The gamified video dating app was created out of the e@UBC program
The pitch for IRLY vaguely reminds one of those ‘90s informercial ads that demand the person staring at the screen jump to attention. “Are you TIRED of all these dating apps that are inauthentic, full of SCAMS and completely BORING? Well, you should try IRLY.”
In fact, the actual pitch given to me over a video screen by IRLY (I Really Like You) co-founders Connor Rose and Laura Rollock is a lot more engaging than that. Rose started working on IRLY, a gamified video dating app, while at the e@UBC program, and collaborated with Rollock, a graphic designer at Toronto Metropolitan University, to bring it to life.
A couple years and some high-profile investors and board members later and IRLY is set on a winter 2023 launch. “Gen Z is very frustrated,” says Rose. “They hate texting, they feel like their personality is too big for dating apps. We saw a major issue here—we want to bring magic back to dating and let people connect in a more organic way.”
IRLY allows users to chat over video while playing games like Pictionary and Tic-Tac-Toe (Hangman was deemed “not romantic enough”), as Rose notes that often the most successful dates are those with something else involved other than just two people talking. “It’s a lot more immersive,” he says. “You connect with people on a deeper level.”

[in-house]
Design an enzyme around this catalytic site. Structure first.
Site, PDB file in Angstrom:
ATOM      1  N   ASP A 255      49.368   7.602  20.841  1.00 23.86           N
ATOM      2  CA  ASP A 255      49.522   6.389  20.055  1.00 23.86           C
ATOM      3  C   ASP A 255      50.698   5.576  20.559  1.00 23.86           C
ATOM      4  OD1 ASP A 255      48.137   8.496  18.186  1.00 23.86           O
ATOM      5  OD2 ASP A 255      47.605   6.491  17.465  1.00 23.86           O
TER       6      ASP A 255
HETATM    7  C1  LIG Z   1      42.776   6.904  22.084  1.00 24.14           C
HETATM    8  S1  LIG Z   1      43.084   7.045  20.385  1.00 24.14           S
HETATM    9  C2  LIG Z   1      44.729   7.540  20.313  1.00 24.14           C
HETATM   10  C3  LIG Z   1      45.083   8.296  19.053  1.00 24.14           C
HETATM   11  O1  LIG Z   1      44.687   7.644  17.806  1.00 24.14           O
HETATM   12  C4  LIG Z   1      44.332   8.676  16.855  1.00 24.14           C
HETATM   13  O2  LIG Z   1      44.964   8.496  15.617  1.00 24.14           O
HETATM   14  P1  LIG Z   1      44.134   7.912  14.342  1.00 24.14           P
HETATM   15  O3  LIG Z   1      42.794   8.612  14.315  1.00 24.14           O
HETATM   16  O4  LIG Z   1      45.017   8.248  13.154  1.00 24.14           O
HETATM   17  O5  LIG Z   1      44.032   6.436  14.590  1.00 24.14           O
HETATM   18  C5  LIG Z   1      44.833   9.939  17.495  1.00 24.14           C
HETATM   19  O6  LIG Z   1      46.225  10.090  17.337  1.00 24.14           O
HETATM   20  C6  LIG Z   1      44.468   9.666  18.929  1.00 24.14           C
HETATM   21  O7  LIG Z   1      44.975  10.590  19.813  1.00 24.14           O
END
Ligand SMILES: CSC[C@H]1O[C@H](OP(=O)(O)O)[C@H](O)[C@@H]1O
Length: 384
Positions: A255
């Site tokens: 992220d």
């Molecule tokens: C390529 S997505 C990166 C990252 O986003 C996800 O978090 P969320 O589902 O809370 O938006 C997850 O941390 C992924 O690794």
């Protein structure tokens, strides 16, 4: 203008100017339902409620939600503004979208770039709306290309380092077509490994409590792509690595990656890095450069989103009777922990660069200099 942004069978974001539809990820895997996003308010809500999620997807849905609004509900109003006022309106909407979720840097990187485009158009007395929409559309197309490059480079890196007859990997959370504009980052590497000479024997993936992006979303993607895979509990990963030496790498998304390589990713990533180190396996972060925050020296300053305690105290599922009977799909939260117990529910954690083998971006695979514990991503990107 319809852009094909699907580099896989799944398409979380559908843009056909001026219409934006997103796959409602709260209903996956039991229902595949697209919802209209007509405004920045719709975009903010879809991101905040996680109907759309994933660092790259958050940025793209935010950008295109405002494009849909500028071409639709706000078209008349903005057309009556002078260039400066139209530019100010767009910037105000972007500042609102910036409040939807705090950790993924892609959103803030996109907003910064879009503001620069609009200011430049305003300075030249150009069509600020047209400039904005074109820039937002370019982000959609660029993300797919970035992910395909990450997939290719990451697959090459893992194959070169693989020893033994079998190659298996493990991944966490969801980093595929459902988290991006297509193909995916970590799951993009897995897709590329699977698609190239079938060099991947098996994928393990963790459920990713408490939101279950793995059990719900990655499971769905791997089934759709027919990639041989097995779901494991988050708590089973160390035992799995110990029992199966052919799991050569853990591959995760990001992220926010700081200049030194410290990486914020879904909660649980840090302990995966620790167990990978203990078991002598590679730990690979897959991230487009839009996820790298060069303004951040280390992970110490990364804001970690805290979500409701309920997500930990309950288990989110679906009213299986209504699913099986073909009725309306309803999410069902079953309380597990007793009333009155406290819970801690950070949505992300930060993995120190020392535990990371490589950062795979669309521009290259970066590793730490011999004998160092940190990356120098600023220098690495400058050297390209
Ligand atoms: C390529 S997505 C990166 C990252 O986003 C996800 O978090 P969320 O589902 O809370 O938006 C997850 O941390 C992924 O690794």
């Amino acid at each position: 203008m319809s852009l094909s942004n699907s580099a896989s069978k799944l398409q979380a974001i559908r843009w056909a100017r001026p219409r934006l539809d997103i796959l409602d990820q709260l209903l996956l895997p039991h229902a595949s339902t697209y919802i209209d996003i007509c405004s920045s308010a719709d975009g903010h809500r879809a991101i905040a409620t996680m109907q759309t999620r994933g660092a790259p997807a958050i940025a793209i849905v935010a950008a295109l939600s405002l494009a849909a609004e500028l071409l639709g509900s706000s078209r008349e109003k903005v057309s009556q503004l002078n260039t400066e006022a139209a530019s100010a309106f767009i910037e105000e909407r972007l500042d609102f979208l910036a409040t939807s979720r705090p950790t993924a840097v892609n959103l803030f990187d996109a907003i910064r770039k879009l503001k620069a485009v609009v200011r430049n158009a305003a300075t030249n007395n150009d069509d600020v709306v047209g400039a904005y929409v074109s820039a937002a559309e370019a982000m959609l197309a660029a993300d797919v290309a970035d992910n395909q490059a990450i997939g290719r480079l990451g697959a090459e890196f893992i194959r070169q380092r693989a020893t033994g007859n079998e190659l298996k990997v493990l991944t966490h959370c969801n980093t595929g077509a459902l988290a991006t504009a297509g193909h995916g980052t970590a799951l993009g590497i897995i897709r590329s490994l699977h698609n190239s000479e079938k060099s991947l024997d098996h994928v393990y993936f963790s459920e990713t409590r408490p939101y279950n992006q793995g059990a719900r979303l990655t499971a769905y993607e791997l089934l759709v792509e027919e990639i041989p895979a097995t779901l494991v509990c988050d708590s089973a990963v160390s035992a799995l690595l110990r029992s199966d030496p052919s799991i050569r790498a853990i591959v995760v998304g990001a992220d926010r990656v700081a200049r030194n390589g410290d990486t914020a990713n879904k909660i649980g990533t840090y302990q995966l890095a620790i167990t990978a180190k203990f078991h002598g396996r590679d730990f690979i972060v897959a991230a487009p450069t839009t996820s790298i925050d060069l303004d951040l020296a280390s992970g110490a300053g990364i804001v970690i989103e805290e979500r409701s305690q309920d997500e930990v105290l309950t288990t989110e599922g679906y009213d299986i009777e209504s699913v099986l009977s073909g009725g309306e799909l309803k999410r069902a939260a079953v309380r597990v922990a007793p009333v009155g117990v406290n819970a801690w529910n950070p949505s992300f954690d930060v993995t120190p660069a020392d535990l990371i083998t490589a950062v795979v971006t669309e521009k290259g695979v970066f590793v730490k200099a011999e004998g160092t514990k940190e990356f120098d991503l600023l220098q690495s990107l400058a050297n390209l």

The pair also brought in another co-founder in Cameron Dallas—a social media star who has helped spread the word about the brand—as well as the aforementioned board and investors which includes Chris Kaufman, co-founder of online culture marketplace StockX. IRLY and its team of 15 has already raised some $475,000.
Though Rose has since moved back to his native Toronto, he wants to credit the e@UBC team for helping him get the venture off the ground. He particularly gives thanks to one of the program’s leads, Fraser Pogue. “He was massively helpful in helping us find investors,” says Rose. “He’s been with us for a long time and we meet with him every week.” Even though Rose and Rollock are both based in Toronto now, the app will be officially launching both there and in Vancouver at the same time.
Asked whether he thinks the online dating space could prove too competitive for a newcomer to make a real impact in, Rose makes the case for IRLY. “This exact thing in Canada is relatively novel,” he says, noting that IRLY sometimes gets confused with Vancouver-based Snack, which he calls “kind of like TikTok for dating. It’s completely different.”
He does, however, acknowledge that it won’t be easy. “It’s definitely a competitive space. The legacy apps are huge. But we’re going to give it a valiant effort.”